Israel made clear to the U.S. on Sunday it’s not looking for a significant escalation with Iran, according to U.S. officials. They're looking to protect themselves and defend themselves, one official said.

“Remember, these are two parties that have a very long history with one another,” said Michael Singh, a former top White House official who is now managing director at the Washington Institute for Near East Policy. “Neither would like to see this erupt into a full-scale war. Does that mean a miscalculation can’t happen? Absolutely not.”

Calls in Israel for another round of retaliation, this time directly against Iran, added to the fears. National Security Minister Itamar Ben Gvir demanded a “crushing attack.” While Netanyahu didn’t endorse that appeal, Israel’s war is still far from over.


Many in Israel aren’t clamoring for a quick flex of the muscle, partly because Iran’s attack was so unsuccessful. In the meantime, it’s distracted global attention away from the brutal war in Gaza.

That conflict has already seen some 33,000 Palestinians killed, according to Hamas, considered a terrorist organization by the U.S. and European Union. More than 100 hostages have yet to be freed and thousands of the militant group’s fighters are still entrenched in Rafah, a city in Gaza where hundreds of thousands of refugees are sheltering.

Hamas rejected the latest cease-fire proposal from mediators following Iran’s assault, according to Mossad, the Israeli external-intelligence agency.

Israeli forces are planning an assault on Rafah, while violence also looms on Israel’s northern border, where tens of thousands of civilians have been evacuated on both sides amid fighting between Israel and Hezbollah.

For the moment, the weekend attack seemed signal that the deterrence that’s kept Iran from widening the war into a full-on battle with Israel still holds.

Iran is trying to draw a “new line,” according to Dana Stroul, who until December was the Pentagon’s deputy assistant secretary for the Middle East.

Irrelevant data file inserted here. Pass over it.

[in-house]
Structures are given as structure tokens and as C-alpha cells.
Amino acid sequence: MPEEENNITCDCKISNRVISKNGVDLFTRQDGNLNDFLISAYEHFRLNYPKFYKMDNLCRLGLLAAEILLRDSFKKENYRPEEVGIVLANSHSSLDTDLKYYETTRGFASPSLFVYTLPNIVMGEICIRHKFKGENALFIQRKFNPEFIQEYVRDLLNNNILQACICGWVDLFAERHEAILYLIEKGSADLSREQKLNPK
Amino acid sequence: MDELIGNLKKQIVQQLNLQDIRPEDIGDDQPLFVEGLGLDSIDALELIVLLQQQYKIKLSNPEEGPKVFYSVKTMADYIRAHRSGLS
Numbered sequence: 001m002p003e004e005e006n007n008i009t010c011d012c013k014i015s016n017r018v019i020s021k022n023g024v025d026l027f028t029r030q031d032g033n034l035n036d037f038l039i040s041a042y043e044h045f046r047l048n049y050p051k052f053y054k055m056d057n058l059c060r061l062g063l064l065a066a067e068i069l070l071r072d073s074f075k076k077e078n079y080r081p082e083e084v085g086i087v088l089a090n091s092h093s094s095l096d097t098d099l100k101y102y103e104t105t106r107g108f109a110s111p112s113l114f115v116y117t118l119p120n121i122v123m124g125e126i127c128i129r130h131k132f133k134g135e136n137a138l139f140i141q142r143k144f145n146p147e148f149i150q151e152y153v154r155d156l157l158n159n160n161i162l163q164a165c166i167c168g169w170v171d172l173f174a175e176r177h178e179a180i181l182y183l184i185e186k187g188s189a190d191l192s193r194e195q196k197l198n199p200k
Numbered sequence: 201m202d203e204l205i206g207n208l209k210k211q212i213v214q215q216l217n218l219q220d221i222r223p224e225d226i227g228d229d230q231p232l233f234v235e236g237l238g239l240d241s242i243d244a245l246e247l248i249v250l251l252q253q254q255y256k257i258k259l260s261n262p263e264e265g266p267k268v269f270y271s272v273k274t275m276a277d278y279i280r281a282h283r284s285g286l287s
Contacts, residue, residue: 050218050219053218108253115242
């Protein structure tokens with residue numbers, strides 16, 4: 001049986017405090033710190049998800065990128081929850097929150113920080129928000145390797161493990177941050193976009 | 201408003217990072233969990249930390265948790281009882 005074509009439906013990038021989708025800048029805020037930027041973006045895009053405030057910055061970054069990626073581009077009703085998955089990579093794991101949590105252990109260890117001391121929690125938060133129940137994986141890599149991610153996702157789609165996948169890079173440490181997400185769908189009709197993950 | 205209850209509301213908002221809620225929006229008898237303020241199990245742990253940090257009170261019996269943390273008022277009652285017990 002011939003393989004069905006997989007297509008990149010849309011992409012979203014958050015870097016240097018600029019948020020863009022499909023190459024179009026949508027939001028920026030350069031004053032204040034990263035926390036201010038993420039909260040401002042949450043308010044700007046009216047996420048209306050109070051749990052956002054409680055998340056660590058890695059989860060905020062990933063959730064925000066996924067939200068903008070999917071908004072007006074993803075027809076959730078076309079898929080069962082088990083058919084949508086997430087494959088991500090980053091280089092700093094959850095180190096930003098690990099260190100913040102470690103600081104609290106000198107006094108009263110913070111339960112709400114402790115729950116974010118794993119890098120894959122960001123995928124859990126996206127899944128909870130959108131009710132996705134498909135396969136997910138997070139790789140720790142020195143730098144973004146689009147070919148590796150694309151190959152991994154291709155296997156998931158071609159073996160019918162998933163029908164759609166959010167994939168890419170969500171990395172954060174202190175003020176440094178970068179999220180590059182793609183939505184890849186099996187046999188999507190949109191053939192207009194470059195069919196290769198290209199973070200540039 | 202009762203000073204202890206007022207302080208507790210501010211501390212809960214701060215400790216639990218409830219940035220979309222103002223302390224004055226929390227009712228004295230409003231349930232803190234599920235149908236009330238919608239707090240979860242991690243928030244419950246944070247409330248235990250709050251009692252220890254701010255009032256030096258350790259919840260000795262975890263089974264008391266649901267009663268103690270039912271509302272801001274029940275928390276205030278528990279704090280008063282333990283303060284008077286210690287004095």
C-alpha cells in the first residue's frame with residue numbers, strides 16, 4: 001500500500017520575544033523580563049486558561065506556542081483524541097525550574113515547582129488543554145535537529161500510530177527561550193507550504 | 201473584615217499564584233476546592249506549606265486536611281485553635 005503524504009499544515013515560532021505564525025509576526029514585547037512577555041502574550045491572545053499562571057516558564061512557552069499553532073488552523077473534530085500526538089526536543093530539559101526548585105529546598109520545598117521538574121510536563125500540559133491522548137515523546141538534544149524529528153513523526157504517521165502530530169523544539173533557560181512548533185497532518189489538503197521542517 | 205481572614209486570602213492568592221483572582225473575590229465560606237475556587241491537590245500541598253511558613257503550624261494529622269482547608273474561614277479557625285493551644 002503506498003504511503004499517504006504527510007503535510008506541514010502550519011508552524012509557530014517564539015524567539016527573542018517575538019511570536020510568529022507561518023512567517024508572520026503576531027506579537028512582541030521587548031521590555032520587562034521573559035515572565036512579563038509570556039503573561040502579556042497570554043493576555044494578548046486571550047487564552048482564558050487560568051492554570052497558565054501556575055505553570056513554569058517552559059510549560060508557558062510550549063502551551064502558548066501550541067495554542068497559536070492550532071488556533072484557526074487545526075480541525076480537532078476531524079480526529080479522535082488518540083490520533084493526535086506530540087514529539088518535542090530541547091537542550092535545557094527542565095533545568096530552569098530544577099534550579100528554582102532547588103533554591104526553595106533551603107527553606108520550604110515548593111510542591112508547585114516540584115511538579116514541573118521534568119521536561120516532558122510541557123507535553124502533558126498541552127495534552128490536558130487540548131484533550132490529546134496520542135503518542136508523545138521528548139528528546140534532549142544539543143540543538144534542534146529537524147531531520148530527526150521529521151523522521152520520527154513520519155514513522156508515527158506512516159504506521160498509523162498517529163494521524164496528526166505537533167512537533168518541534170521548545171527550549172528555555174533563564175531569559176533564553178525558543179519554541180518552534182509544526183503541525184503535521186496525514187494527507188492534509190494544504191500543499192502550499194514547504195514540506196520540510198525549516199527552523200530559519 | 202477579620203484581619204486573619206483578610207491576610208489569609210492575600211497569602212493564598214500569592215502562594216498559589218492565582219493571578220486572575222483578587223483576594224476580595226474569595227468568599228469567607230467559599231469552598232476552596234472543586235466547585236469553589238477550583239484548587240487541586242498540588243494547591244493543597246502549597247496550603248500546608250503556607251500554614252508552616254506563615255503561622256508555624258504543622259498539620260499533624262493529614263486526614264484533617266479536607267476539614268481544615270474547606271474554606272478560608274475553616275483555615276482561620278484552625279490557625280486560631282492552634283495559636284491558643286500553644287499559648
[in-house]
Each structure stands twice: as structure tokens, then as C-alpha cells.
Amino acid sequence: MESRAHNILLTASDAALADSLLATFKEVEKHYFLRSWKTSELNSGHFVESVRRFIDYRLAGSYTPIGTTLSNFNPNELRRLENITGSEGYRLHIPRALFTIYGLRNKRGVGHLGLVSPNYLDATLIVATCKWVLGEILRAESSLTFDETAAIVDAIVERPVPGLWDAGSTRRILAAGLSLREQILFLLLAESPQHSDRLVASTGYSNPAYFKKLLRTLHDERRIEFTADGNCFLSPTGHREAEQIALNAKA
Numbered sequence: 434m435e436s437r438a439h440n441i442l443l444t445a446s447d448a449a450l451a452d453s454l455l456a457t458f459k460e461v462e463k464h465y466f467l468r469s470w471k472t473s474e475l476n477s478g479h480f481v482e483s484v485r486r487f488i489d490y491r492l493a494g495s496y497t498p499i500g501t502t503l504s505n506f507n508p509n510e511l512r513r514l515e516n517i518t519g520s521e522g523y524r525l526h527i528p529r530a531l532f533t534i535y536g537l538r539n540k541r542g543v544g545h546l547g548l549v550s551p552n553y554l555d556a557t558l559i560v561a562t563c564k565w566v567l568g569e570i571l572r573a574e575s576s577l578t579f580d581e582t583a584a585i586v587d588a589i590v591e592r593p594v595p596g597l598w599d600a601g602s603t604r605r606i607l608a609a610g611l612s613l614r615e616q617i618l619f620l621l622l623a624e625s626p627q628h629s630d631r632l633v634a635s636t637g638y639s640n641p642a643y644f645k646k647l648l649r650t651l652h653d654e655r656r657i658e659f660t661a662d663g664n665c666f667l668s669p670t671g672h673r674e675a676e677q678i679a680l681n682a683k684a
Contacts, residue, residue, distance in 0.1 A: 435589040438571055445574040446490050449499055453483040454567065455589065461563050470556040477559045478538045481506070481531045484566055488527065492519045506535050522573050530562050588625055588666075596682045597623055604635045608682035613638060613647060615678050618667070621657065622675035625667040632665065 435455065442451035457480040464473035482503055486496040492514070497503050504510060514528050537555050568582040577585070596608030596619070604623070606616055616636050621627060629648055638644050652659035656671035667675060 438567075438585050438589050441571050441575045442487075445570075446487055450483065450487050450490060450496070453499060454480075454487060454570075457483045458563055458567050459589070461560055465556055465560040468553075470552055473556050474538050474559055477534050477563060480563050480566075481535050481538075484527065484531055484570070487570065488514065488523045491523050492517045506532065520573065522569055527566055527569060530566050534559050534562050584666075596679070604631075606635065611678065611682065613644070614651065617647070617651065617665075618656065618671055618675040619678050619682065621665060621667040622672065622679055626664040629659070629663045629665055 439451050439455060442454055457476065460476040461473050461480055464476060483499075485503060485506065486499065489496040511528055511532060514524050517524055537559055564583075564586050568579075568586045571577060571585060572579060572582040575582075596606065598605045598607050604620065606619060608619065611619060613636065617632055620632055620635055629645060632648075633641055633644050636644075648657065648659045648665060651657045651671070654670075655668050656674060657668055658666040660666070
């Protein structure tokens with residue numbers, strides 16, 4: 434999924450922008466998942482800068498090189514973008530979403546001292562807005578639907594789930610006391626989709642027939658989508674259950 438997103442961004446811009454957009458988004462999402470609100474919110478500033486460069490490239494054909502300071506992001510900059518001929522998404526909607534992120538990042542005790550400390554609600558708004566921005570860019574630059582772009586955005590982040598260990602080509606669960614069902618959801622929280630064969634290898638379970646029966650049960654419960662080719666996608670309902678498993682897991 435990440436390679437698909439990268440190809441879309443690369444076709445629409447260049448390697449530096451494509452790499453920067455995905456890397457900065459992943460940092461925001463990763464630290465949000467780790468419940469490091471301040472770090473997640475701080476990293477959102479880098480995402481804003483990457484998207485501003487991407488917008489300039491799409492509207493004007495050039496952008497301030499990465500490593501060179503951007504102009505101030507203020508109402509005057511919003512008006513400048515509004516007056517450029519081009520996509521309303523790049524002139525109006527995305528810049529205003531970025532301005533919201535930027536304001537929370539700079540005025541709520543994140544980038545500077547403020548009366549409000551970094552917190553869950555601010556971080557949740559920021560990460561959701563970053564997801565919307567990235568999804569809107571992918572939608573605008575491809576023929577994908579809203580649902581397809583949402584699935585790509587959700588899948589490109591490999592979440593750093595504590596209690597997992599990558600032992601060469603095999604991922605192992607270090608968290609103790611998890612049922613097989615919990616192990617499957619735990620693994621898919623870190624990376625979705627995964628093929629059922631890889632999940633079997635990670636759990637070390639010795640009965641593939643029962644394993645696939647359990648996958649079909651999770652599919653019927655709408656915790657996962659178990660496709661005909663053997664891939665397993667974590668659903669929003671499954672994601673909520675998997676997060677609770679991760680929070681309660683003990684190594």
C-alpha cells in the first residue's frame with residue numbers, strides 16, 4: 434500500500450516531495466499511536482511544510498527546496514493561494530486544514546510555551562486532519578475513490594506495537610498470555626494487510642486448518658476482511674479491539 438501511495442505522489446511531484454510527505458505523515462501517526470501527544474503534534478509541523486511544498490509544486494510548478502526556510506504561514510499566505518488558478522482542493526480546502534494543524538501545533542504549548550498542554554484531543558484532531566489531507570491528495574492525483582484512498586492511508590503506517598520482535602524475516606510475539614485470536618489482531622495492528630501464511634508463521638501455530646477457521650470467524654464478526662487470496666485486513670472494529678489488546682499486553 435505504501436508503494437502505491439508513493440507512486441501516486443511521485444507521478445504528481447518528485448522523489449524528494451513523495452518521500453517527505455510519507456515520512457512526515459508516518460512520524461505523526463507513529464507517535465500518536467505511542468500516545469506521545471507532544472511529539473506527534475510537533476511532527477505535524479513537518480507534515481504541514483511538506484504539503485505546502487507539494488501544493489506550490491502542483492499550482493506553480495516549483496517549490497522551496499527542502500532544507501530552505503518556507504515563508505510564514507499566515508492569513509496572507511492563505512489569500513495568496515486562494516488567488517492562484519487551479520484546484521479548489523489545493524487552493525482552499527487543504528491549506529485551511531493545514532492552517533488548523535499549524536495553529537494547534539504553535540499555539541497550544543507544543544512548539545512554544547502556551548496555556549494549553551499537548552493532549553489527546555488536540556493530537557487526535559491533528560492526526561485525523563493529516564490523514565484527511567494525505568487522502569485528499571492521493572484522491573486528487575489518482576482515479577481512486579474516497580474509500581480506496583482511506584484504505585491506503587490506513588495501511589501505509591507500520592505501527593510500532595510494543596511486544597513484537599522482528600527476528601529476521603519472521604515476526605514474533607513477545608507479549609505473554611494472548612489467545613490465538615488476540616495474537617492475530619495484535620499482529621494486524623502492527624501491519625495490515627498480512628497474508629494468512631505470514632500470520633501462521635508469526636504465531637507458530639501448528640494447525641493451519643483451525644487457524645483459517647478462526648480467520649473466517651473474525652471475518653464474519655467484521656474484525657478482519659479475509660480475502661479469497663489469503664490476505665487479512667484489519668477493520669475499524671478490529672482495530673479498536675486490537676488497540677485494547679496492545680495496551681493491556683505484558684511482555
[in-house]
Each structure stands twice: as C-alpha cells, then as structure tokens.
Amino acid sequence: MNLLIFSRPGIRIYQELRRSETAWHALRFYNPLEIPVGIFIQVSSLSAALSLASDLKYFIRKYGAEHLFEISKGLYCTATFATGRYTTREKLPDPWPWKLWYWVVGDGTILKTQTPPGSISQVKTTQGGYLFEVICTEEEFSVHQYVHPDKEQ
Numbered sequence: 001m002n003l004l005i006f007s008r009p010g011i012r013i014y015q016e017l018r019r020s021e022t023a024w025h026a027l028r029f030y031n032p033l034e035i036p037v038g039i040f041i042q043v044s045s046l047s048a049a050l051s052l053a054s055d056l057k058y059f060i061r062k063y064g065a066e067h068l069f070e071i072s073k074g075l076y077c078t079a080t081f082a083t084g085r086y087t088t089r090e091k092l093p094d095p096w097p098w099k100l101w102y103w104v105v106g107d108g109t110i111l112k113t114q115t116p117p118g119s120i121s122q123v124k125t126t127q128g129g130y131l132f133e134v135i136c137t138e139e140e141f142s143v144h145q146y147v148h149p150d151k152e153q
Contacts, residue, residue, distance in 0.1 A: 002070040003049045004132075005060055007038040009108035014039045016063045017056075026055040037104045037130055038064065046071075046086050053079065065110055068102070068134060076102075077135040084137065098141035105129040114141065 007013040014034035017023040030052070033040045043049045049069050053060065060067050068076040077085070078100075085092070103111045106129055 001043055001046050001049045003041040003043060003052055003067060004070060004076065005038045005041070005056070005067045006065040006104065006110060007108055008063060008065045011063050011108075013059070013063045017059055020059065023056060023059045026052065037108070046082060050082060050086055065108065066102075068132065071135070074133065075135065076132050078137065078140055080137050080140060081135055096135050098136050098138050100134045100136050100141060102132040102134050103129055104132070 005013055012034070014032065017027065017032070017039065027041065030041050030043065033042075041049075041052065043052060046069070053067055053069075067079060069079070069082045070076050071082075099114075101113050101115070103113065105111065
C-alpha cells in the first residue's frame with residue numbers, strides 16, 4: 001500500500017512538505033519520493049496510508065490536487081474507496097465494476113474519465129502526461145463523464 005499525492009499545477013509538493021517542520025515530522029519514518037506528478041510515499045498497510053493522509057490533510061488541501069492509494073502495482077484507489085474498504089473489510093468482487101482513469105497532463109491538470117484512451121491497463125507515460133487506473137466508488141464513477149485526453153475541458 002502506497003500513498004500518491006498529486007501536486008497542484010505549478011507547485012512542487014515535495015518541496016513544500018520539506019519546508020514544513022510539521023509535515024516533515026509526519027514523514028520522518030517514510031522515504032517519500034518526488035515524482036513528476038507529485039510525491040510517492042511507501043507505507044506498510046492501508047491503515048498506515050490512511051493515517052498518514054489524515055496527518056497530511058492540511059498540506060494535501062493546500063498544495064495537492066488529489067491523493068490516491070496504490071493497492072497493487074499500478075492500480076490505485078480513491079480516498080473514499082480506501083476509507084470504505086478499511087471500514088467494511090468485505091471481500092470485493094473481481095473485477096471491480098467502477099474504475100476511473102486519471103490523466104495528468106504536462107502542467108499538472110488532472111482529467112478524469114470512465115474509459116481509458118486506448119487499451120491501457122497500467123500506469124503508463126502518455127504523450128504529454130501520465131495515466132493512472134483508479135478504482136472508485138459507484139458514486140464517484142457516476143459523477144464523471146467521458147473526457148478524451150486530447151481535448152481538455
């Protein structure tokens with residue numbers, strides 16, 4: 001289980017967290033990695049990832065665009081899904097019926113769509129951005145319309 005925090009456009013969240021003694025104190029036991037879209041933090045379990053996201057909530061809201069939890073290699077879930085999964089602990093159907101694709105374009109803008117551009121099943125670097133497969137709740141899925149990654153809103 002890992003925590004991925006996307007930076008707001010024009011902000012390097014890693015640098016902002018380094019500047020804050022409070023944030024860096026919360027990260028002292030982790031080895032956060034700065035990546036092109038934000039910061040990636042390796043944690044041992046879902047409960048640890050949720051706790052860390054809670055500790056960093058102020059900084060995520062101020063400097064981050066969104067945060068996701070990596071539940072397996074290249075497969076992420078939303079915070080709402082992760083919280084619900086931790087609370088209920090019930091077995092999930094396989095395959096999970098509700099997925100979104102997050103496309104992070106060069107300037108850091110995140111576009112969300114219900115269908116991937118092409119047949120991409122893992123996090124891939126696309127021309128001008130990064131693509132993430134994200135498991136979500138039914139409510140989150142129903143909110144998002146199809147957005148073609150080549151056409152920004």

“If Israel targets any of its officials abroad, even when those officials are engaged in terrorist activities, Iran will respond with attacks like we saw last night,” she said. Israeli leaders “will need to respond,” but in a way that will “prevent opening a new escalatory cycle that tips into full scale regional war,” she said.

Last week, even as Tehran was publicly threatening massive retaliation, it was telling Arab countries in the Persian Gulf that the response would be measured and steer clear of their territory. The Houthis, Iran’s proxies in Yemen who’ve been attacking ships in the Red Sea, would have a limited role, they said.

One diplomat in the region said Tehran appeared to discuss its intent to retaliate with nearby countries in order to demonstrate restraint behind the public shock and awe it aimed to deliver after the killings of its commanders at the embassy compound in Syria, which formally qualifies as Iranian territory. The Gulf countries, desperate to avoid a wider war, underlined the importance of caution.

Israel matched Iran’s public threats with warnings of its own, backed up by public pledges of support from its allies.

On Friday, while officials were saying the attack was imminent, the U.S. dispatched a top military commander to Israel to help coordinate the response. American and British planes and warships helped down some of the drones.

Though potentially devastating, the assault appeared designed more to demonstrate resolve than to overcome Israel’s defenses, said one western diplomat.

Still, officials in the region said they expect some kind of response by Israel, given the unprecedented nature of Iran’s direct attack. Just how severe it is will show whether the march toward the brink of broader conflict is in fact on hold.

The lack of damage and casualties means that the Israelis could limit their strike, said Mark Cancian, a defense analyst with the Center for Strategic and International Studies in Washington. “Maybe they will attack a military base that launched the missiles, maybe a production factory, maybe Iranian naval assets,” he said. “Everyone is watching to see what the Israelis will do.”


(With assistance from Sylvia Westall, Ethan Bronner, Patrick Sykes, Michael Nienaber, Anthony Capaccio, Beril Akman, Peter Martin, Courtney McBride and Hadriana Lowenkron.)